I would like to give my baby a name from the Book of Mormon. Are there any names for girls in the Book of Mormon, besides Sara and Abish? Is it OK. to name a girl Nephi? Is there a female version of Nephi?
Marci, from Ontario, Canada
Actually there are three girl’s names mentioned in the Book of Mormon. There is Abish, as you state, but rather than Sara, there is Sariah, and there is also Isabel. You probably would not want to name your daughter Isabel. The first verses where these names are mentioned in the Book of Mormon are listed below—
1 Ne 5:1 And it came to pass that after we had come down into the wilderness unto our father, behold, he was filled with joy, and also my mother, Sariah, was exceedingly glad, for she truly had mourned because of us.
Alma 19:16 And it came to pass that they did call on the name of the Lord, in their might, even until they had all fallen to the earth, save it were one of the Lamanitish women, whose name was Abish, she having been converted unto the Lord for many years, on account of a remarkable vision of her father–
Alma 39:3 And this is not all, my son. Thou didst do that which was grievous unto me; for thou didst forsake the ministry, and did go over into the land of Siron among the borders of the Lamanites, after the harlot Isabel.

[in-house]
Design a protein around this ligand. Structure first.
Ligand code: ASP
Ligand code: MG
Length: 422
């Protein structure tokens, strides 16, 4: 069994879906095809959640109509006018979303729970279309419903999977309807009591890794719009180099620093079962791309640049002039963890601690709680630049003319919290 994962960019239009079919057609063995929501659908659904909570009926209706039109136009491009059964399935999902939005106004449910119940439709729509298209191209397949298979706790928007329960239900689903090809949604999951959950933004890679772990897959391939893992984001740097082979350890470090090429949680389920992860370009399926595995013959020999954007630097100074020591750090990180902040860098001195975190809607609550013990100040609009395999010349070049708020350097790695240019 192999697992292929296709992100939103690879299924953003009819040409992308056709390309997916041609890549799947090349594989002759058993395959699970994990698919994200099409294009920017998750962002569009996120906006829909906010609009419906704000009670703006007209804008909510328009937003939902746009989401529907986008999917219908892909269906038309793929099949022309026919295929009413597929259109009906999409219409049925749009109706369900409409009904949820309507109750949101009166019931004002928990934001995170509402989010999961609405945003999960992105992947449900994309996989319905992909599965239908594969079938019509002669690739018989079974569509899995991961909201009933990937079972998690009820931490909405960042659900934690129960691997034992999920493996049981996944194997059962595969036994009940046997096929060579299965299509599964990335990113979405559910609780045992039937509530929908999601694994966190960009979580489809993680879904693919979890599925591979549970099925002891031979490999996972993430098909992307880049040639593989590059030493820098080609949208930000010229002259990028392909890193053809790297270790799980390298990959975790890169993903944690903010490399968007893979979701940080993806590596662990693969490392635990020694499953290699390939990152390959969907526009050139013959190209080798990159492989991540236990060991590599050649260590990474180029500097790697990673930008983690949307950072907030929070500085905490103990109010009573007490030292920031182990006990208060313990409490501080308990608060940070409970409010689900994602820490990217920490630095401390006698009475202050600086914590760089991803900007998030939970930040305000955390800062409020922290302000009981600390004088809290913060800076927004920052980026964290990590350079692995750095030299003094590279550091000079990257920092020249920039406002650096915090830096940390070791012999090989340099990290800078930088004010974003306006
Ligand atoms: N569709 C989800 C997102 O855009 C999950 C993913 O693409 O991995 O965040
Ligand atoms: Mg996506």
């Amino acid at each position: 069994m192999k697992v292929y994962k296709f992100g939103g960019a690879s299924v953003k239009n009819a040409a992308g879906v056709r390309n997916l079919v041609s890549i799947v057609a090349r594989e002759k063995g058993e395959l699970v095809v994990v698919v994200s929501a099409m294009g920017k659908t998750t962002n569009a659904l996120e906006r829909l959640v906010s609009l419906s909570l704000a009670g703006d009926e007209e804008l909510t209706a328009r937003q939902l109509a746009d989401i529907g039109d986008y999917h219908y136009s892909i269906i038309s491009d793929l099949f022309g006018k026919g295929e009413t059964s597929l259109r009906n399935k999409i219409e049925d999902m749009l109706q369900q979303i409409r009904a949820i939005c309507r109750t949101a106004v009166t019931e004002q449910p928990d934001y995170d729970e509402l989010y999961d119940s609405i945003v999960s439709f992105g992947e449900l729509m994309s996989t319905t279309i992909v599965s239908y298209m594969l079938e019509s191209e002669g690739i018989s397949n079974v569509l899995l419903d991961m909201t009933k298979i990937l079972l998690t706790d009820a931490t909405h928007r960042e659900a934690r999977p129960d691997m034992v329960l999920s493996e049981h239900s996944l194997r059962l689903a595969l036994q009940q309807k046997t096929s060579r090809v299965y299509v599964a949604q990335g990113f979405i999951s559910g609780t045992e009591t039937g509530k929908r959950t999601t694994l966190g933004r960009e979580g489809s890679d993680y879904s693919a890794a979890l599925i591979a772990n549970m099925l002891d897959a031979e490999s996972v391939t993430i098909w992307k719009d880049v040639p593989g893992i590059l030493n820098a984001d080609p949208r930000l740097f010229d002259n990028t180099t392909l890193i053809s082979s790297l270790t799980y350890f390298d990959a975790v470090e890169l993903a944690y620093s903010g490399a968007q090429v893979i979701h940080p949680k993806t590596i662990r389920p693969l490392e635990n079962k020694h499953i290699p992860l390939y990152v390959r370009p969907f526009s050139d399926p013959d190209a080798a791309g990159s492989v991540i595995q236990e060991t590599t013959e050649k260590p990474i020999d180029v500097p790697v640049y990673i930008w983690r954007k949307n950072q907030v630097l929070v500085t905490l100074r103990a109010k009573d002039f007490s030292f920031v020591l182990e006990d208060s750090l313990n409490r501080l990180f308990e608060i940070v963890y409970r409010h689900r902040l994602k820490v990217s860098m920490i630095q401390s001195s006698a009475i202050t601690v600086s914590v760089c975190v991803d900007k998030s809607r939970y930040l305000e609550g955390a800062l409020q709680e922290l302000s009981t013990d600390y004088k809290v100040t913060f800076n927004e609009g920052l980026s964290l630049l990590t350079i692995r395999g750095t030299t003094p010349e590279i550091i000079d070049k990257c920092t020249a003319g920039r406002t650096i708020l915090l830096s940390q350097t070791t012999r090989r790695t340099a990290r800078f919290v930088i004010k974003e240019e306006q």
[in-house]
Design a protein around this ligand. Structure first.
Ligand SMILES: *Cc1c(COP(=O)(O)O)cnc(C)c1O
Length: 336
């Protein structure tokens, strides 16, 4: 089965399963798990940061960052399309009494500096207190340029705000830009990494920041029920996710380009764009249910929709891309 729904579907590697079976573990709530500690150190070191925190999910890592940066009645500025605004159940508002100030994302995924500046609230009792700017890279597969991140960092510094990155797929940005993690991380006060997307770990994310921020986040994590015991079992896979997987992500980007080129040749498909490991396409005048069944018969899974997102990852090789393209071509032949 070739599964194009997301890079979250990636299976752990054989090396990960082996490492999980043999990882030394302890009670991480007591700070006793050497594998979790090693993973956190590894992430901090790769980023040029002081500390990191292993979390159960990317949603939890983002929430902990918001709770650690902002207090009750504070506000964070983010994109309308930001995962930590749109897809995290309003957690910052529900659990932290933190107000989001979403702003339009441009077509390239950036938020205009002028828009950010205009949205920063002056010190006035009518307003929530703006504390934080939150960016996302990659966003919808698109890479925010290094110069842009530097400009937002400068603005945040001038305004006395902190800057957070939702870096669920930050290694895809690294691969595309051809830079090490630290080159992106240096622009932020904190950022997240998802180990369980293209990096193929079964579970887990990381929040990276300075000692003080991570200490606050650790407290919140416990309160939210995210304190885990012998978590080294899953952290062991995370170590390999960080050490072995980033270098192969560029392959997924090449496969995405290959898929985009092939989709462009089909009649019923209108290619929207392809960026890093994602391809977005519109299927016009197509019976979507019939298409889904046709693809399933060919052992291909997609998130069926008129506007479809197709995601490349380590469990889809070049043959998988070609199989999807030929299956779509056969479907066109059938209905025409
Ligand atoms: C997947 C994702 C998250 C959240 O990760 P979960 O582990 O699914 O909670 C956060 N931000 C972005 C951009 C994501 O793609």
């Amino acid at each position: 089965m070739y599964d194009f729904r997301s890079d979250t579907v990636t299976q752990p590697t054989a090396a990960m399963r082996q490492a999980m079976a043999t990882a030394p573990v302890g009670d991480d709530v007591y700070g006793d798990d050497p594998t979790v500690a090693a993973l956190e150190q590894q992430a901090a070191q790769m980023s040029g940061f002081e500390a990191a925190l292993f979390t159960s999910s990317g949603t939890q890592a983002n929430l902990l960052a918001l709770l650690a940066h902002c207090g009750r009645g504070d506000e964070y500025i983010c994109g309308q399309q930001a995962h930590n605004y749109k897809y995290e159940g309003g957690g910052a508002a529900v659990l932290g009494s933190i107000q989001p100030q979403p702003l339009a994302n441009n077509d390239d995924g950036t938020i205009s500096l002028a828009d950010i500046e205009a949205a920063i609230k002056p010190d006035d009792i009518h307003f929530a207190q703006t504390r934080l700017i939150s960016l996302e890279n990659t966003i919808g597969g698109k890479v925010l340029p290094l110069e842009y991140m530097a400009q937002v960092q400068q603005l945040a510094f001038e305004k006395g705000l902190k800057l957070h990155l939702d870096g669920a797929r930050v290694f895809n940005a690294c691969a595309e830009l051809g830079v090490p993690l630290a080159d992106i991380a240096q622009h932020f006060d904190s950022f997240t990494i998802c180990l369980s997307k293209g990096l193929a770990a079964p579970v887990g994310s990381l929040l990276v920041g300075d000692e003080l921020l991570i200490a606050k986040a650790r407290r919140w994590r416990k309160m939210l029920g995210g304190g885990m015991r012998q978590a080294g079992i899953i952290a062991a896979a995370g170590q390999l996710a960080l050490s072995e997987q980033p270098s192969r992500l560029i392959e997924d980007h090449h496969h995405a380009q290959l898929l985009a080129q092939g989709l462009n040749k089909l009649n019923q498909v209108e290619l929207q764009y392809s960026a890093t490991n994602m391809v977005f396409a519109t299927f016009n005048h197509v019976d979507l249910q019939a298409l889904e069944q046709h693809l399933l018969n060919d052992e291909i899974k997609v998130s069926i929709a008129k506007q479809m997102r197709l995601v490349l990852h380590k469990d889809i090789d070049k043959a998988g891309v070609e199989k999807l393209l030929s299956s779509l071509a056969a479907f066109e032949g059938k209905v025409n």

Concerning your question of the propriety of naming a girl Nehpi, stranger things of this nature have been done. For instance, my 10th generation progenitor, Samuel Gorton, named one of his daughters Mahershalalhashbaz, which is actually a boy’s name. So if you wished to name your daughter Nephi, you have a scriptural precedent in Isaiah 8:1, 3.
To find a feminine equivalent of the word Nephi is a little problematical. However, here is an account of one such endeavor that you may possibly want to consider.
“Thomas Brown was a miner, which occupation he had followed all his life. His youth and early manhood had been spent among the coal pits of the Tyne, England. It was here that the Gospel found him, and as he was an honest seeker after truth, it did not take him long to realize the precious boon which had come to him. He had been a member of the Church some years when he married. His wife was a woman of some culture, having had more opportunities for education than he had. She possessed an (?) nature, which the poor miner often found difficult to properly nourish. Still, they lived happily enough, and in time a wee baby girl came to their home to brighten them with her pranks, and teach them gentleness and patience. Thomas was an attentive student of the Book of Mormon, and a great admirer of the sacred record. When it came to naming the baby he turned to his book and searched its pages for a name. But he soon found that female names were rather scarce there, and he had nearly given up the task when his wife suggested a change of the name of one of the Nephite prophets to the feminine gender.
“Feminine what?” queried the unlearned father, while the mother laughed at his astonishment, and taking the book began transforming names. Nephi, Ammon, Helaman, and others were tried, but without success.
“Alma,” Thomas cried, “Almi, Almina,” he exclaimed, as he repeated the word over and over. “I’ve beat you with all your learning. How does that sound? Almina-now I call that quite musical, as they say.”
His wife agreed with him, and so Almina became the baby’s name, by which she was ever after known among the children of men.”(The Contributor, Volume 13)